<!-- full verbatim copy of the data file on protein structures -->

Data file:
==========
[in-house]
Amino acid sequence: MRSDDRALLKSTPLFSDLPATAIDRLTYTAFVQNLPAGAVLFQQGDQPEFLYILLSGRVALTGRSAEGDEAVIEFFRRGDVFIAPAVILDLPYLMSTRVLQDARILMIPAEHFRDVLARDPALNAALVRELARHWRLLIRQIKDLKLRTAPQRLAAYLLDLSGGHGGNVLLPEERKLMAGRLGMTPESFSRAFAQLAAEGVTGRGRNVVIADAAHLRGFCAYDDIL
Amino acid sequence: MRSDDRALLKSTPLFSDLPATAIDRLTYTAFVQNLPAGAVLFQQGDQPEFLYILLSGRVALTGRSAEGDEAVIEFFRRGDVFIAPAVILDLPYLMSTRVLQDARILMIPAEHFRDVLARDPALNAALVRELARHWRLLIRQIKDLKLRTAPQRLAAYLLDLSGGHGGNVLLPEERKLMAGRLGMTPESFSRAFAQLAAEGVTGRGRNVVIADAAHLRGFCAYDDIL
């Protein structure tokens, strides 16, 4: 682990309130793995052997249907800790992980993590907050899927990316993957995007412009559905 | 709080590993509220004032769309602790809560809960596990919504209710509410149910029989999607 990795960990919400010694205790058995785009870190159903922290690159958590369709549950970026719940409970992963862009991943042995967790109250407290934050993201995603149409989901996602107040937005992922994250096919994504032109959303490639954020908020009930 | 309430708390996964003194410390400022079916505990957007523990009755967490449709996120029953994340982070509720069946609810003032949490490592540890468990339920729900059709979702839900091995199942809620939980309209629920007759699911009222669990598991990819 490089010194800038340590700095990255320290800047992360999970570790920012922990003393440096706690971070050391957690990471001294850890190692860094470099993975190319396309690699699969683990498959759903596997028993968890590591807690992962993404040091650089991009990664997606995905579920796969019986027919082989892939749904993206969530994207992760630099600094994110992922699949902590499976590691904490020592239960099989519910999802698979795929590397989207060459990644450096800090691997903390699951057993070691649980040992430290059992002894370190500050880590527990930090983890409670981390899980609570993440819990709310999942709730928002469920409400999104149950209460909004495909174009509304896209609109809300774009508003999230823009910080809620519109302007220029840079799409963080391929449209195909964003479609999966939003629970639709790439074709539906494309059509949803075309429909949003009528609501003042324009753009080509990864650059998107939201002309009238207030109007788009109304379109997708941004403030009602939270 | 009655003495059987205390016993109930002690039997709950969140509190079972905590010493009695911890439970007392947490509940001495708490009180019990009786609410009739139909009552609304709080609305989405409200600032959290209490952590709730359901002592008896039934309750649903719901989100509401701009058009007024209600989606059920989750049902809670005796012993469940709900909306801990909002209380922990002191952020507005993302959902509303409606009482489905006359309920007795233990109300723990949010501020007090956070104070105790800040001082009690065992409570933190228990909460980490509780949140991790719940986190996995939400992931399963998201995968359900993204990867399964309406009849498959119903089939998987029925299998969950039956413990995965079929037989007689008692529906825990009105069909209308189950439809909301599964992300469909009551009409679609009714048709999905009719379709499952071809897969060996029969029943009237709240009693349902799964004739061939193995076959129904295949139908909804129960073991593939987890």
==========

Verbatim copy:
[in-house]
Amino acid sequence: MRSDDRALLKSTPLFSDLPATAIDRLTYTAFVQNLPAGAVLFQQGDQPEFLYILLSGRVALTGRSAEGDEAVIEFFRRGDVFIAPAVILDLPYLMSTRVLQDARILMIPAEHFRDVLARDPALNAALVRELARHWRLLIRQIKDLKLRTAPQRLAAYLLDLSGGHGGNVLLPEERKLMAGRLGMTPESFSRAFAQLAAEGVTGRGRNVVIADAAHLRGFCAYDDIL
Amino acid sequence: MRSDDRALLKSTPLFSDLPATAIDRLTYTAFVQNLPAGAVLFQQGDQPEFLYILLSGRVALTGRSAEGDEAVIEFFRRGDVFIAPAVILDLPYLMSTRVLQDARILMIPAEHFRDVLARDPALNAALVRELARHWRLLIRQIKDLKLRTAPQRLAAYLLDLSGGHGGNVLLPEERKLMAGRLGMTPESFSRAFAQLAAEGVTGRGRNVVIADAAHLRGFCAYDDIL
């Protein structure tokens, strides 16, 4: 682990309130793995052997249907800790992980993590907050899927990316993957995007412009559905 | 709080590993509220004032769309602790809560809960596990919504209710509410149910029989999607 990795960990919400010694205790058995785009870190159903922290690159958590369709549950970026719940409970992963862009991943042995967790109250407290934050993201995603149409989901996602107040937005992922994250096919994504032109959303490639954020908020009930 | 309430708390996964003194410390400022079916505990957007523990009755967490449709996120029953994340982070509720069946609810003032949490490592540890468990339920729900059709979702839900091995199942809620939980309209629920007759699911009222669990598991990819 490089010194800038340590700095990255320290800047992360999970570790920012922990003393440096706690971070050391957690990471001294850890190692860094470099993975190319396309690699699969683990498959759903596997028993968890590591807690992962993404040091650089991009990664997606995905579920796969019986027919082989892939749904993206969530994207992760630099600094994110992922699949902590499976590691904490020592239960099989519910999802698979795929590397989207060459990644450096800090691997903390699951057993070691649980040992430290059992002894370190500050880590527990930090983890409670981390899980609570993440819990709310999942709730928002469920409400999104149950209460909004495909174009509304896209609109809300774009508003999230823009910080809620519109302007220029840079799409963080391929449209195909964003479609999966939003629970639709790439074709539906494309059509949803075309429909949003009528609501003042324009753009080509990864650059998107939201002309009238207030109007788009109304379109997708941004403030009602939270 | 009655003495059987205390016993109930002690039997709950969140509190079972905590010493009695911890439970007392947490509940001495708490009180019990009786609410009739139909009552609304709080609305989405409200600032959290209490952590709730359901002592008896039934309750649903719901989100509401701009058009007024209600989606059920989750049902809670005796012993469940709900909306801990909002209380922990002191952020507005993302959902509303409606009482489905006359309920007795233990109300723990949010501020007090956070104070105790800040001082009690065992409570933190228990909460980490509780949140991790719940986190996995939400992931399963998201995968359900993204990867399964309406009849498959119903089939998987029925299998969950039956413990995965079929037989007689008692529906825990009105069909209308189950439809909301599964992300469909009551009409679609009714048709999905009719379709499952071809897969060996029969029943009237709240009693349902799964004739061939193995076959129904295949139908909804129960073991593939987890």